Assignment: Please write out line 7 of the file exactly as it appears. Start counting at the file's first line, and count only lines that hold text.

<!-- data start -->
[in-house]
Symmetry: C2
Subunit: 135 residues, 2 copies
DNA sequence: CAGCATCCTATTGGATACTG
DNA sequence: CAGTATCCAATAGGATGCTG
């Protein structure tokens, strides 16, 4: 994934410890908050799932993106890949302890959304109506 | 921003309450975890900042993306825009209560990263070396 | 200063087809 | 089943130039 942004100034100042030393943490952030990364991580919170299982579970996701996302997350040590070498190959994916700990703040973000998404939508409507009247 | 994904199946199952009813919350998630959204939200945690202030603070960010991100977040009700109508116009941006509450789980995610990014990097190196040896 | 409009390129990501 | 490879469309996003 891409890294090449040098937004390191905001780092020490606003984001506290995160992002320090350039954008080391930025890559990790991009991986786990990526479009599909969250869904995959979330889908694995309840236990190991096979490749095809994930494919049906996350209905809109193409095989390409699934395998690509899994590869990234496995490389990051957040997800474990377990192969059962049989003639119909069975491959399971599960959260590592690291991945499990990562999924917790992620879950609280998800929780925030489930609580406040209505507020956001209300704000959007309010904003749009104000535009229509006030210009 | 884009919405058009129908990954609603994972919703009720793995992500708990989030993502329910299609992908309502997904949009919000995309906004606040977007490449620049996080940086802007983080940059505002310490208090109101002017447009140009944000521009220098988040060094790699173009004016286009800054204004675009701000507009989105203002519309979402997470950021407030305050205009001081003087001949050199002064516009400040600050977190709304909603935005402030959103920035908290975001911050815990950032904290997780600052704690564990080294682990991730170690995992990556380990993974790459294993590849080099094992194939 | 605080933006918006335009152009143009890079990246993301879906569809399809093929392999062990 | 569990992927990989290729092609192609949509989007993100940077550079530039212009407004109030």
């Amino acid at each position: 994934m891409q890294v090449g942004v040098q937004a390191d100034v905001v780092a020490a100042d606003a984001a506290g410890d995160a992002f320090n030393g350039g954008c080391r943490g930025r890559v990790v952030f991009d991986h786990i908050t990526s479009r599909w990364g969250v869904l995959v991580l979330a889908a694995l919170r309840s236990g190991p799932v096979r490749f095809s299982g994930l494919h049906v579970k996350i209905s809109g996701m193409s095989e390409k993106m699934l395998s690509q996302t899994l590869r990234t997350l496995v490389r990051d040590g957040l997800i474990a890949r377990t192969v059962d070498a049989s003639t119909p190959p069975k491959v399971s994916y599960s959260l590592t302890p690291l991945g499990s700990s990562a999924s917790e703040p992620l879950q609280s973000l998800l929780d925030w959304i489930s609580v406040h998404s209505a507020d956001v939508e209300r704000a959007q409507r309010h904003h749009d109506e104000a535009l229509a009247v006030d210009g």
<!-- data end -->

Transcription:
């Amino acid at each position: 994934m891409q890294v090449g942004v040098q937004a390191d100034v905001v780092a020490a100042d606003a984001a506290g410890d995160a992002f320090n030393g350039g954008c080391r943490g930025r890559v990790v952030f991009d991986h786990i908050t990526s479009r599909w990364g969250v869904l995959v991580l979330a889908a694995l919170r309840s236990g190991p799932v096979r490749f095809s299982g994930l494919h049906v579970k996350i209905s809109g996701m193409s095989e390409k993106m699934l395998s690509q996302t899994l590869r990234t997350l496995v490389r990051d040590g957040l997800i474990a890949r377990t192969v059962d070498a049989s003639t119909p190959p069975k491959v399971s994916y599960s959260l590592t302890p690291l991945g499990s700990s990562a999924s917790e703040p992620l879950q609280s973000l998800l929780d925030w959304i489930s609580v406040h998404s209505a507020d956001v939508e209300r704000a959007q409507r309010h904003h749009d109506e104000a535009l229509a009247v006030d210009g």